« Last Edit: 12/12/2018 11:48 pm by KelvinZero »

Offline Slarty1080

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Hey this thread got into trouble because it became to much about why not bfs.  IMO you should just have a clear hypothesis such as "stick to F9 and FH first stages for launch" and keep it purely technical.. just like with spin gravity threads where we don't actually know what gravity we need for health.

Anyway, to fix this someone created an identically named thread, but now there are BFS comparisons again and two identically named threads.

I think you guys should agree to lock one thread. I don't know which one because I have not been following closely.

Only think I can think to say on the subject is you probably end up with either
* Something like Zubrin's FH plan
* Or a mini BFS launched on a FH.

..and also, though it seems really tough to get to mars I just wanted to note the awesome moon missions you could do with just F9 and in orbit refueling. You get a moon lander pretty much the size of an F9 upper stage with cargo docked around the base. You could land whole moon bases in a single flight.
As you say you have not been following closely. In fact there are not two identicaly named threads.
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Offline KelvinZero

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I stand corrected.
Re-purposing SpaceX hardware for mid term exploration of Mars
Re-purposing SpaceX hardware for near term exploration of Mars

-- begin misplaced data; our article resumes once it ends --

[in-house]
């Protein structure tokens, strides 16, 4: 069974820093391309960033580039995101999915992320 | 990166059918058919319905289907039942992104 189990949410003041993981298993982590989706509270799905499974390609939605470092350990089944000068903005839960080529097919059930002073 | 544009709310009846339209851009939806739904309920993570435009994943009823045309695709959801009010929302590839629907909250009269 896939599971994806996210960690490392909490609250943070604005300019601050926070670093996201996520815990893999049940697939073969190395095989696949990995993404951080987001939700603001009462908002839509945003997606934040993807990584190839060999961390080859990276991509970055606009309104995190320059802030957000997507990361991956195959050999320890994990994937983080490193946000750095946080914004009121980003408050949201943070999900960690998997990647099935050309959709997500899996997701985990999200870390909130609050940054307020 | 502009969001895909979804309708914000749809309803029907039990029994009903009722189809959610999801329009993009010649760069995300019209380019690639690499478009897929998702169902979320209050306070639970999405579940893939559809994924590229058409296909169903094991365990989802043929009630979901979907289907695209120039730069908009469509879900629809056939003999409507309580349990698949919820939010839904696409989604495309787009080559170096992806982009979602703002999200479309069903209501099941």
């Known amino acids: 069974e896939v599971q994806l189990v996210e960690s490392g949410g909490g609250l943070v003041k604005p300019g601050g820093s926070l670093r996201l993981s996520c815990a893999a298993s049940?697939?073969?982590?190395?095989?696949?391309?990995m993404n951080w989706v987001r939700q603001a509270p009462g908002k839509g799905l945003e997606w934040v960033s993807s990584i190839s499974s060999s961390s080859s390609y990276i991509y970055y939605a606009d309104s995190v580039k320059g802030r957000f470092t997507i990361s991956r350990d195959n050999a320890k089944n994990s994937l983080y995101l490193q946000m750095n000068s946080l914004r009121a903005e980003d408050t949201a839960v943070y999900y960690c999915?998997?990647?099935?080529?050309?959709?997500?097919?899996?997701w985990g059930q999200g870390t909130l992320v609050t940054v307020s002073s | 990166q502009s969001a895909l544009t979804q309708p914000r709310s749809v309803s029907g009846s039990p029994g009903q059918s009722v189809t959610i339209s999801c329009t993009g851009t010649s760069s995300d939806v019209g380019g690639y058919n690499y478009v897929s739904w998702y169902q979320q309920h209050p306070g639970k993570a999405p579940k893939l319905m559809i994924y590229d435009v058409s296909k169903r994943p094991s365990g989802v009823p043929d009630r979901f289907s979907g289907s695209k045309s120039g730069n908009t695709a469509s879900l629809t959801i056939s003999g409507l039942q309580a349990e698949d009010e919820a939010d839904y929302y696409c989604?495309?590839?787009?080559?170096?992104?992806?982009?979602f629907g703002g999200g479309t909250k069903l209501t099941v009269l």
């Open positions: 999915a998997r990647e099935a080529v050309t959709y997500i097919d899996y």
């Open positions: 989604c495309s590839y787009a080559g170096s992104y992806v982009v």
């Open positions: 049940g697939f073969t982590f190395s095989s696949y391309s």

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The problem is that the thread OP does not agree with the rest of the forum as to what "near term SpaceX hardware" means. Red Dragon, canceled years back, is "near term", but the ship that will begin testing in 2019 "will never happen" (though we've gotten past that statement, at least)

The fact is, there is only one manned mars lander that's left the powerpoint stage. We arnt going to mars until we can get back off of it, something Red Dragon isnt capable of. The ONLY near term mars exploration option is BFS/Starship, because it's the only way home.

Offline mikelepage

I'm with Speedevil, I reject the entire premise of this post and think it's not that interesting to speculate about counterfactuals.

We have seen lots of evidence of 9 meter tooling. Scaling down would completely waste that tooling.

The problem is that the thread OP does not agree with the rest of the forum as to what "near term SpaceX hardware" means. Red Dragon, canceled years back, is "near term", but the ship that will begin testing in 2019 "will never happen" (though we've gotten past that statement, at least)